Bonnie Neighbour Stephen Prost Mental Health Hero 2010 Cartoon-A-Thon for Mental Health Awareness Month

Mental Health Hero Bonnie Neighbour

Mental health hero

Bonnie Neighbour has a passion for Community Transformation, a job that works towards Systems Transformation, and a commitment to Personal Transformation. She volunteers an average of seven hours a week to various healthy community projects, including several peer-run programs.  As Advocacy Coordinator for the Virginia Organization of Consumers Asserting Leadership (VOCAL), the Virginia state-wide mental health consumers’ network, she is involved in changing the mental health care delivery system for Virginia, and is privileged to support others who are trying to do the same thing.  As a Certified Peer Specialist (though not working as one) and a WRAP facilitator she is honored to be allowed into peoples’ lives as they are involved in personal transformation.  And by sharing peoples’ transformative journey, her own personal journey is transformed.

Bonnie also gets excited over her work as a facilitator for Mental Health America of Virginia with their Empowerment and Leadership classes for Virginia citizens, including veterans, with mental health concerns.  She designs and teaches Advanced Level Facilitation classes and Warm Line volunteer classes.   She is involved with several peer-run groups with connections to DBSA (Depression and Bipolar Support Alliance); WRAP; The Icarus Project; McGuire Veterans Hospital; Friends 4 Recovery; as well as a regional peer connection/action group in central Virginia.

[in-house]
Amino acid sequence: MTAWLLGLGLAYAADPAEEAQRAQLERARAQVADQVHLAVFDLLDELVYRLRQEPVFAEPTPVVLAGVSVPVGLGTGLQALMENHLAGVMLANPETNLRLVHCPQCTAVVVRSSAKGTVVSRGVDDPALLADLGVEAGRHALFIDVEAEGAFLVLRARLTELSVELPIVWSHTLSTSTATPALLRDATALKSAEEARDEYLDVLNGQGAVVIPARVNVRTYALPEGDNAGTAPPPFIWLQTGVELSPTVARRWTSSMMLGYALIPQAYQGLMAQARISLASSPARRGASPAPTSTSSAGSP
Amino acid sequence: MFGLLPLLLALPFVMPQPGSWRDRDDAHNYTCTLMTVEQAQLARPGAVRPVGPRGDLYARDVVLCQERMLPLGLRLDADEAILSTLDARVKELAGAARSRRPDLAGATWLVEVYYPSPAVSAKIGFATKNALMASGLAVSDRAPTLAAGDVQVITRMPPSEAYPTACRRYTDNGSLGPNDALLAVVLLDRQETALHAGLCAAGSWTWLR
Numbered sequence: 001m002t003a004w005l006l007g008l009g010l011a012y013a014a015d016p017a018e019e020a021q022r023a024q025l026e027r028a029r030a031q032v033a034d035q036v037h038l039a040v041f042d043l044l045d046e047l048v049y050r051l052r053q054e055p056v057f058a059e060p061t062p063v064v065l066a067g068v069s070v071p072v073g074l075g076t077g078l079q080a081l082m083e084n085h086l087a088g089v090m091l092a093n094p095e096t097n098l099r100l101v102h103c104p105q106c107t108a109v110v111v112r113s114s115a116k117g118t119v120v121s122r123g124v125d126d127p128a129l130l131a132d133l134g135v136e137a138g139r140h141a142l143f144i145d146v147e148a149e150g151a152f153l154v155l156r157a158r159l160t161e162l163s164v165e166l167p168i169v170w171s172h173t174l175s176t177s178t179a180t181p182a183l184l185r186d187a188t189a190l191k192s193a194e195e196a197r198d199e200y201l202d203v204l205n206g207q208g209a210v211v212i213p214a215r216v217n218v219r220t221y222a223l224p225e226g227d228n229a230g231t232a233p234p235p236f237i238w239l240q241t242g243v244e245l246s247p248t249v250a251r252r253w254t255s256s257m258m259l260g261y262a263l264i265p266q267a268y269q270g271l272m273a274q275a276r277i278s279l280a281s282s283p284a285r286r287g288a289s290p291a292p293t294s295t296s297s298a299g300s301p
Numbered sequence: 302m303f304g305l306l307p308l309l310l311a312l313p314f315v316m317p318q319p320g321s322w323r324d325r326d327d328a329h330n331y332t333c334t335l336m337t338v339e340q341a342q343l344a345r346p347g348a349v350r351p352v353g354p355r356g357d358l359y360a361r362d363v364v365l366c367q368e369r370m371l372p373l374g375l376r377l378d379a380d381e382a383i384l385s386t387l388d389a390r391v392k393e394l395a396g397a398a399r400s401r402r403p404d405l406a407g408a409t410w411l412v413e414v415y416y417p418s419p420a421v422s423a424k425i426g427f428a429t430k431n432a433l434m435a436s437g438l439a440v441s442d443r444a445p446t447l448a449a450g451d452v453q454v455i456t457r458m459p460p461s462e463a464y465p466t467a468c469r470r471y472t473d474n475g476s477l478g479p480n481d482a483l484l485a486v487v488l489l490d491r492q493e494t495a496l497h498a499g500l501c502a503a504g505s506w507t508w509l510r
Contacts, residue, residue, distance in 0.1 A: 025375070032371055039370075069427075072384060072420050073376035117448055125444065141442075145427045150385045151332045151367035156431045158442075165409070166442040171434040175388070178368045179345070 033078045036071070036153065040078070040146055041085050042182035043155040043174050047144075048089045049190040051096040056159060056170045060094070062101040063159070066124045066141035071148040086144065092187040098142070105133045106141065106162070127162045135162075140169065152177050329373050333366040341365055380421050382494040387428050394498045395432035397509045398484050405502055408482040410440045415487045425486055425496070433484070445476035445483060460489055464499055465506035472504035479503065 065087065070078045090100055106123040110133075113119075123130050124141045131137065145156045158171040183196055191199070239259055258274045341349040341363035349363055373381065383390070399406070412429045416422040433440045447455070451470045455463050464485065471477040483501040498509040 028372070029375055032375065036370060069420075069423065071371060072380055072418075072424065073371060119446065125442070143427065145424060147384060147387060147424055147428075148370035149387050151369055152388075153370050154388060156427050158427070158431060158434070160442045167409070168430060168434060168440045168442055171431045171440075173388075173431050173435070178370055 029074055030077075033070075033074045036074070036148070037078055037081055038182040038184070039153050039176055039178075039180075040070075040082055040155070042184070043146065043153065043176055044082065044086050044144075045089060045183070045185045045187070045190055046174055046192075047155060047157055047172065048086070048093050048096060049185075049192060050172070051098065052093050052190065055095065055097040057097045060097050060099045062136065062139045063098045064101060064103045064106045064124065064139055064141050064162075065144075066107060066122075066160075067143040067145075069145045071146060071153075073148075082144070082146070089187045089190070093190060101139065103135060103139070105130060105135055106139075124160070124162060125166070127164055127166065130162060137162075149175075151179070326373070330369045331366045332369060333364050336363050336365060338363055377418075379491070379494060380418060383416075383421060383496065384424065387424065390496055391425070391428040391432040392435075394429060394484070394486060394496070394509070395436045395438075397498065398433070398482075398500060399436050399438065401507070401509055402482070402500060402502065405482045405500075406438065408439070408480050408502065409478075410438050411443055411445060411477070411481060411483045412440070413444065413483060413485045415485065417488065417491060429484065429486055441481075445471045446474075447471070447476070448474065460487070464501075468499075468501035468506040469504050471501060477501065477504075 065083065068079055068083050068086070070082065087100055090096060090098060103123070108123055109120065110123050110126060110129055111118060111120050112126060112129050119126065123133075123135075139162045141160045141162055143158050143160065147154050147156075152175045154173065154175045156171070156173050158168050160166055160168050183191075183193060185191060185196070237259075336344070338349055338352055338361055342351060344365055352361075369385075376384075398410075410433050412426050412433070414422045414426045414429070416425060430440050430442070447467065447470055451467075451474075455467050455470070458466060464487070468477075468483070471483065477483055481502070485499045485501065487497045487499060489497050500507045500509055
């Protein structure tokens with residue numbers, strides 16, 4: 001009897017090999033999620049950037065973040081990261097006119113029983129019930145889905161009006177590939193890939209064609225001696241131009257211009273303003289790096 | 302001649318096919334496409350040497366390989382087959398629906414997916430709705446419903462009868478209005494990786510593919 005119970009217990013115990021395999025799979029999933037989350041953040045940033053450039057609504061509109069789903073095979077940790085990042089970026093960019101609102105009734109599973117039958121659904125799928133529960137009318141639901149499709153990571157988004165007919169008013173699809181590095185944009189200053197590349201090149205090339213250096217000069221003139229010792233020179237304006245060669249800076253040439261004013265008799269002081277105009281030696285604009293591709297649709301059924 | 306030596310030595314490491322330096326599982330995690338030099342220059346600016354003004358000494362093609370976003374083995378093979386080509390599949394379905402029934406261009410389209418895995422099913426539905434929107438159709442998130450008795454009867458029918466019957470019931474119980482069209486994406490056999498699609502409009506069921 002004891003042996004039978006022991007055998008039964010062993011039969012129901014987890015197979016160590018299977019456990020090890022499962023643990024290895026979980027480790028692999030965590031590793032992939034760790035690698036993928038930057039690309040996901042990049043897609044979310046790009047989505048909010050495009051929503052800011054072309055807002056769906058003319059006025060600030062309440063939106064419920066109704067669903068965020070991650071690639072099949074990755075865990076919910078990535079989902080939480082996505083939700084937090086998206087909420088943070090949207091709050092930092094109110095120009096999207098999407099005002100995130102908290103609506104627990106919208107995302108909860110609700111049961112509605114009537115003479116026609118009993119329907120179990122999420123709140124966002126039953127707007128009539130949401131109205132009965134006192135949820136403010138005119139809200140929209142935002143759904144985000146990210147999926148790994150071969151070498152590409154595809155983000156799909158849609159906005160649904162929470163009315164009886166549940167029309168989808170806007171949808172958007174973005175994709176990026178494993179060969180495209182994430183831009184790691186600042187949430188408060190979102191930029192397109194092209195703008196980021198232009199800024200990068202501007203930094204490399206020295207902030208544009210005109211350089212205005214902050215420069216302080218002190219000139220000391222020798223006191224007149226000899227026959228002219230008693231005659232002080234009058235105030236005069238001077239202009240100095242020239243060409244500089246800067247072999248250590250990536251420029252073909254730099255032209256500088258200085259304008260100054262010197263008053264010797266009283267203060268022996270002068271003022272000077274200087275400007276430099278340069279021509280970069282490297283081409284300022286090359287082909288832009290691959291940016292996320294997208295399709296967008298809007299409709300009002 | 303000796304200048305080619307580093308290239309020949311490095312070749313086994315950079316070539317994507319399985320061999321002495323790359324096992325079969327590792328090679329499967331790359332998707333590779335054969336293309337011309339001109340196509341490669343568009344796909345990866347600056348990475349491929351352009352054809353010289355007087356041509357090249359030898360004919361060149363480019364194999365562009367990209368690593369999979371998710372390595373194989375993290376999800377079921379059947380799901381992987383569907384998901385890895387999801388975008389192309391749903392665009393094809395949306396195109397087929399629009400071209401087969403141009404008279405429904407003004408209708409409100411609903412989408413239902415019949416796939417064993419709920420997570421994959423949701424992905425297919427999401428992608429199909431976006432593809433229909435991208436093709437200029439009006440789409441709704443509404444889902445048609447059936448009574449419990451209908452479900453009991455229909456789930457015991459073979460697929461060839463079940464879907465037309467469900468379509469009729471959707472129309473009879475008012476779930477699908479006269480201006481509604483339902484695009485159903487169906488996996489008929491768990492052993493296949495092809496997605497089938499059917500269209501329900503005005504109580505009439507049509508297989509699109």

Bonnie was diagnosed with a severe mental illness in the 1995 after fifteen years of looking for an understanding of what was happening to her.  Relieved by finally getting some answers, she became a perfect, compliant patient. She believed what her doctors told her – that she’d be progressively more ill for the rest of her life, and that compliance with treatment could slow that degenerative process.  She became a “professional patient” and got great positive feedback from her treatment providers. However she was becoming more ill very quickly and was eventually homeless; living out of her car. Unable to work, Bonnie received Social Security Disability benefits for many years, with Meals on Wheels bringing her food, as she was unable to manage the daily chore of finding sustenance.

Her life turned around quickly and dramatically when introduced to the idea of mental health recovery for the first time in 2005, and she now generously shares her challenges and successes to assist others in their recovery journey.  Bonnie has a passion for educating others that recovery is possible and helping to empower them to find their own recovery through hope and personal responsibility.

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